Trent Walton
<figure class="typl8-blockquote">
	<blockquote cite="">
		<p></p>
	</blockquote>

	<figcaption>
	  <cite>
	    <small><a href=""></a></small>
	  </cite>
	</figcaption>
</figure>

§ 4.4 Pull Quotes

Pull quotes are tricky, but with this little ditty they’re not so difficult or tedious anymore. The example is an improvement based upon the 24 ways article discussing swooshy curly quotes without images. This particular example depicted takes advantage of psuedo selectors and the <aside> tag.

<aside class="typl8-pull-quote">
  <blockquote>
    <p></p>
  </blockquote>
</aside>

§ 4.7 Footnotes

The sites we’ve built to display on a desktop, smartphone, or a tablet today could be on a TV Screen, coffee table display, or mega space yacht projection system tomorrow. Do yourself a favor and heed the advice of the Dao: A fully-scalable web1

  1. Style sheets that use relative units can more easily scale from one output environment to another. Most of the time I use em and rem.
<article>
  <p><sup><a href="#fn-itemX" id="fn-returnX"></a></sup></p>
  <footer>
    <ol class="foot-notes">
      <li id="fn-itemX"><a href="#fn-returnX">↩</a></li>
    </ol>
  </footer>
</article>

§ 4.8 Definition Lists

The dl element is for another type of list called a definition list. Instead of list items, the content of a dl consists of dt (Definition Term) and dd (Definition Description) pairs.

TypePlate offers several different patterns for definition lists. In all three of the examples below, the contents of dts are wrapped in b tags, and a class of .micro is given to the contents of dds. First is the default format for definitions lists.

a) Multi-line Definitions (default)

This is a term
this is the definition of that term, which both live in a dl.
Another Term
And it gets a definition too, which is this line
This is a 2nd definition for a single term. A dt may be followed by multiple dds.
<dl>
	<dt><b>This is a term</b></dt>
	<dd>this is the definition of that term, which both live in a <code>dl</code>.</dd>

	<dt><b>Another Term</b></dt>
	<dd>And it gets a definition too, which is this line</dd>
	<dd>This is a 2<sup>nd</sup> definition for a single term. A <code>dt</code> may be followed by multiple <code>dd</code>s.</dd>
</dl>

b) Inline Definitions

The second format for definition lists is lining. This style is more robust, with support for multiple terms defined by a single definition, and applies proper punctuation (: ,) where appropriate:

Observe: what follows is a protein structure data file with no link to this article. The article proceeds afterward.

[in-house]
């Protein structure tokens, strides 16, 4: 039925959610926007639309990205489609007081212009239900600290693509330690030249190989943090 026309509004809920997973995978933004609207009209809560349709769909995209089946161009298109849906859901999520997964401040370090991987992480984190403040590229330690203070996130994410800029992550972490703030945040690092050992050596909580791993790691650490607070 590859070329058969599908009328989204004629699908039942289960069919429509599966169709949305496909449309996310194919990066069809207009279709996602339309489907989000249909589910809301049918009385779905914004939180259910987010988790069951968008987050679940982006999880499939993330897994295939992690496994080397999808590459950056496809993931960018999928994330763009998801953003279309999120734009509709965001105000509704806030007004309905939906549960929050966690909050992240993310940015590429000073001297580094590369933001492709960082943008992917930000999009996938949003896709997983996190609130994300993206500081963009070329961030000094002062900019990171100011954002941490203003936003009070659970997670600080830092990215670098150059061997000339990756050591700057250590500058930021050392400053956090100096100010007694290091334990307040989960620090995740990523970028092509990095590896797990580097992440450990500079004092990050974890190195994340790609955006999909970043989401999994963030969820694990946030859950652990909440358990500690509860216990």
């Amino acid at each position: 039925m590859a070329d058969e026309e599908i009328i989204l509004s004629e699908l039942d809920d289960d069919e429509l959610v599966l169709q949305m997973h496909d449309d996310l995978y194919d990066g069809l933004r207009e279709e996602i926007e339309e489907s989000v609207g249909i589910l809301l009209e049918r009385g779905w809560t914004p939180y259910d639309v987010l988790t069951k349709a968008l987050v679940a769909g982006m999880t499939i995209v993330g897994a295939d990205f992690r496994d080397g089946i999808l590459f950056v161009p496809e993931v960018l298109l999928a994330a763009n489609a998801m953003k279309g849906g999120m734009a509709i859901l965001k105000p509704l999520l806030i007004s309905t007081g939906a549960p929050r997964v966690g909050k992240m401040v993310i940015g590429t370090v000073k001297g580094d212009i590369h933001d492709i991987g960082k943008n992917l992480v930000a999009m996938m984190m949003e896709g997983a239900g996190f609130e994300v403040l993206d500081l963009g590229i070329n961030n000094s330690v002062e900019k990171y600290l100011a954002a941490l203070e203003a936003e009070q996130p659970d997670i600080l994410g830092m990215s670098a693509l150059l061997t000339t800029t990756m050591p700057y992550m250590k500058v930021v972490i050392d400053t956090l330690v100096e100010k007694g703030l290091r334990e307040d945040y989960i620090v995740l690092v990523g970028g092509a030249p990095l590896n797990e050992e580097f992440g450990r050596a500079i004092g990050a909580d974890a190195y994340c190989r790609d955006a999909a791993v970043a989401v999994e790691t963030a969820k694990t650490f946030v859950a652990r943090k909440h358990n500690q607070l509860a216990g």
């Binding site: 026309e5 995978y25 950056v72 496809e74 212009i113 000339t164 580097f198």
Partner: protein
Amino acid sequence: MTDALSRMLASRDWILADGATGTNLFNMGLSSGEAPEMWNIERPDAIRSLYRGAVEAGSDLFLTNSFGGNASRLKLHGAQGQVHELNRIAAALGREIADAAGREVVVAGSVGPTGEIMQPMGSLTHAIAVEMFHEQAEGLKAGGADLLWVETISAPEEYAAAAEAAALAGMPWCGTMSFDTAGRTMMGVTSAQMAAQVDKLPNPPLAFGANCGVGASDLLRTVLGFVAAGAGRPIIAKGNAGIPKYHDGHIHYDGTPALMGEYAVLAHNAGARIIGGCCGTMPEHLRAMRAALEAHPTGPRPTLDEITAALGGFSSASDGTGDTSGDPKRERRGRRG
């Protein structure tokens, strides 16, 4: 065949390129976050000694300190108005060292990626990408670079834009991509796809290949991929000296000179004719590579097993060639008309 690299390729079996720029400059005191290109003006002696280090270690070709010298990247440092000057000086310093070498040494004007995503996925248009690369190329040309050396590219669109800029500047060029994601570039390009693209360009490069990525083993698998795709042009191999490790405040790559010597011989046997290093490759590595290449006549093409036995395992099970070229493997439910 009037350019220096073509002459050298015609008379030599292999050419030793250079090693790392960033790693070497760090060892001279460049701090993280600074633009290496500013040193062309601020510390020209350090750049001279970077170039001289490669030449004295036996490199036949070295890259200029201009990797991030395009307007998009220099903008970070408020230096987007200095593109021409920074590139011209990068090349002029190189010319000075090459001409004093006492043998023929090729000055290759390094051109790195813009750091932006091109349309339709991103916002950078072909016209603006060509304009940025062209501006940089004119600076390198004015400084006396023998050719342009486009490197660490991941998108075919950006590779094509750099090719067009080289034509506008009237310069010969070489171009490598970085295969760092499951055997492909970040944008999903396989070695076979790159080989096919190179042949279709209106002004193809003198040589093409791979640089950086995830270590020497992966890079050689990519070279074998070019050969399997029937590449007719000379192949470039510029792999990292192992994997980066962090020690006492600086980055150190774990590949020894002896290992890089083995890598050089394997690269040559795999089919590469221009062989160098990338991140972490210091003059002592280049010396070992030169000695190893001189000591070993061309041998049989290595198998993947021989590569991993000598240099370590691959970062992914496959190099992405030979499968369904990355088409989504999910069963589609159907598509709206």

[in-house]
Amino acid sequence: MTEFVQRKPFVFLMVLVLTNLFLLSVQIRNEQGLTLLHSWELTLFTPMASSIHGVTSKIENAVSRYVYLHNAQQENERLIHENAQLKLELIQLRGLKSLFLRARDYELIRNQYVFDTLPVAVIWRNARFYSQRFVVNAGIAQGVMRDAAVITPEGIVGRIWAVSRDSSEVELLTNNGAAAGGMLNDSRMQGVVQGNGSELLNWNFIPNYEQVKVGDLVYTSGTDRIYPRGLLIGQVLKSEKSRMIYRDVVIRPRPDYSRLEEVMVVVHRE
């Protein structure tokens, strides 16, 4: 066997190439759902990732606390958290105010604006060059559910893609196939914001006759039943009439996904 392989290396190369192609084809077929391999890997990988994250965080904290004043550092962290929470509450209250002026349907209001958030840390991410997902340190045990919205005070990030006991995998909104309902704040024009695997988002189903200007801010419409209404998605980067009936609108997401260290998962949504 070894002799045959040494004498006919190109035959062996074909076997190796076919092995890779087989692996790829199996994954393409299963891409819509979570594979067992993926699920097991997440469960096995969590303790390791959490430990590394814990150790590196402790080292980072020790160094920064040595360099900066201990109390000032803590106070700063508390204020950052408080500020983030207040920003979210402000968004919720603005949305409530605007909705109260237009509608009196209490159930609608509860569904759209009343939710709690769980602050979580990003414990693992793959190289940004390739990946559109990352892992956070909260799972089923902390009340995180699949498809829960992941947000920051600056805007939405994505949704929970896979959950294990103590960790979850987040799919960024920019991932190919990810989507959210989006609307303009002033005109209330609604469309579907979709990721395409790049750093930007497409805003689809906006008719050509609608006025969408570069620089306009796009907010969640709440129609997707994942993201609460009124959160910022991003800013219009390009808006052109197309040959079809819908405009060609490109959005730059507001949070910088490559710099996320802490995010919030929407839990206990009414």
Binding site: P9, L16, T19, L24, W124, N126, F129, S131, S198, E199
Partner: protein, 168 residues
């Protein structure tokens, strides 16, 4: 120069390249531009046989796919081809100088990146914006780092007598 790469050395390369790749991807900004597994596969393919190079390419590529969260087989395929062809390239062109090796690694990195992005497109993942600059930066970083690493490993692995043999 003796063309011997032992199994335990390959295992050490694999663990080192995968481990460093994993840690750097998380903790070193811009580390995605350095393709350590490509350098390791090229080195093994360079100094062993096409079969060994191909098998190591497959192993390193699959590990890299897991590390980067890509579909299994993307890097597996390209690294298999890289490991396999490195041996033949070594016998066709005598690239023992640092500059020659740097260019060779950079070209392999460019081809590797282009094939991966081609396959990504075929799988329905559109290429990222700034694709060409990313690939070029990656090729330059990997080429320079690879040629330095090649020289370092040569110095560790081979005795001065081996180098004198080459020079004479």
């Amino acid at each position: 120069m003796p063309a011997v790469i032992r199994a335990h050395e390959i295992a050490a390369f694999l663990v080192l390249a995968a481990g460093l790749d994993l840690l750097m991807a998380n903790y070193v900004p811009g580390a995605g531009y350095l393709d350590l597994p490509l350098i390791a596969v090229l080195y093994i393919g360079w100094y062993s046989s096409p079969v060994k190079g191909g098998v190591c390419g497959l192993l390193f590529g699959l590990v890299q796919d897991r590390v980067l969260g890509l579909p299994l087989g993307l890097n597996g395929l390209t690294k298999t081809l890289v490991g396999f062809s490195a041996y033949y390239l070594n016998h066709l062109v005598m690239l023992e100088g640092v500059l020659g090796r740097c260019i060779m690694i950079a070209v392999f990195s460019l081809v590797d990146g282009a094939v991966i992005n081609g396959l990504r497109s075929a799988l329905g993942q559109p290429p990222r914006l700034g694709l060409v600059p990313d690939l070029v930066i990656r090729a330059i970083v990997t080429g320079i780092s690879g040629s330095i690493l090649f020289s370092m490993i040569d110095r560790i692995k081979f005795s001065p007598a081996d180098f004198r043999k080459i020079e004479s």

This is a term
this is the definition of that term, which both live in a dl.
Another Term
And it gets a definition too, which is this line
this is a 2nd definition for a single term.
Term
Other Defined Term
dt terms may stand on their own without an accompanying dd, but in that case they share descriptions with the next available dt. You may not have a dd without a parent dt.
<dl class="typl8-lining">
	<dt><b>This is a term</b></dt>
	<dd>this is the definition of that term, which both live in a <code>dl</code>.</dd>

	<dt><b>Another Term</b></dt>
	<dd class="micro">And it gets a definition too, which is this line</dd>
	<dd class="micro"> this is a 2<sup>nd</sup> definition for a single term.</dd>

	<dt><b>Term</b></dt>

	<dt><b>Other Defined Term</b></dt>
	<dd><code>dt</code> terms may stand on their own without an accompanying <code>dd</code>, but in that case they <em>share</em> descriptions with the next available <code>dt</code>. You may not have a <code>dd</code> without a parent <code>dt</code>.</dd>
</dl>

c) Dictionary-style Definition

The third format for definition lists is dictionary. This style is more a formal, applying proper punctuation where necessary and includes ordinal indicators:

This is a term
this is the definition of that term, which both live in a dl.
Another Term
And it gets a definition too, which is this line
this is a 2nd definition for a single term.
Term
Other Defined Term
dt terms may stand on their own without an accompanying dd, but in that case they share descriptions with the next available dt. You may not have a dd without a parent dt.
<dl class="typl8-dictionary-style">
	<dt><b>This is a term</b></dt>
	<dd>this is the definition of that term, which both live in a <code>dl</code>.</dd>

	<dt><b>Another Term</b></dt>
	<dd>And it gets a definition too, which is this line</dd>
	<dd> this is a 2<sup>nd</sup> definition for a single term.</dd>

	<dt><b>Term</b></dt>

	<dt><b>Other Defined Term</b></dt>
	<dd><code>dt</code> terms may stand on their own without an accompanying <code>dd</code>, but in that case they <em>share</em> descriptions with the next available <code>dt</code>. You may not have a <code>dd</code> without a parent <code>dt</code>.</dd>
</dl>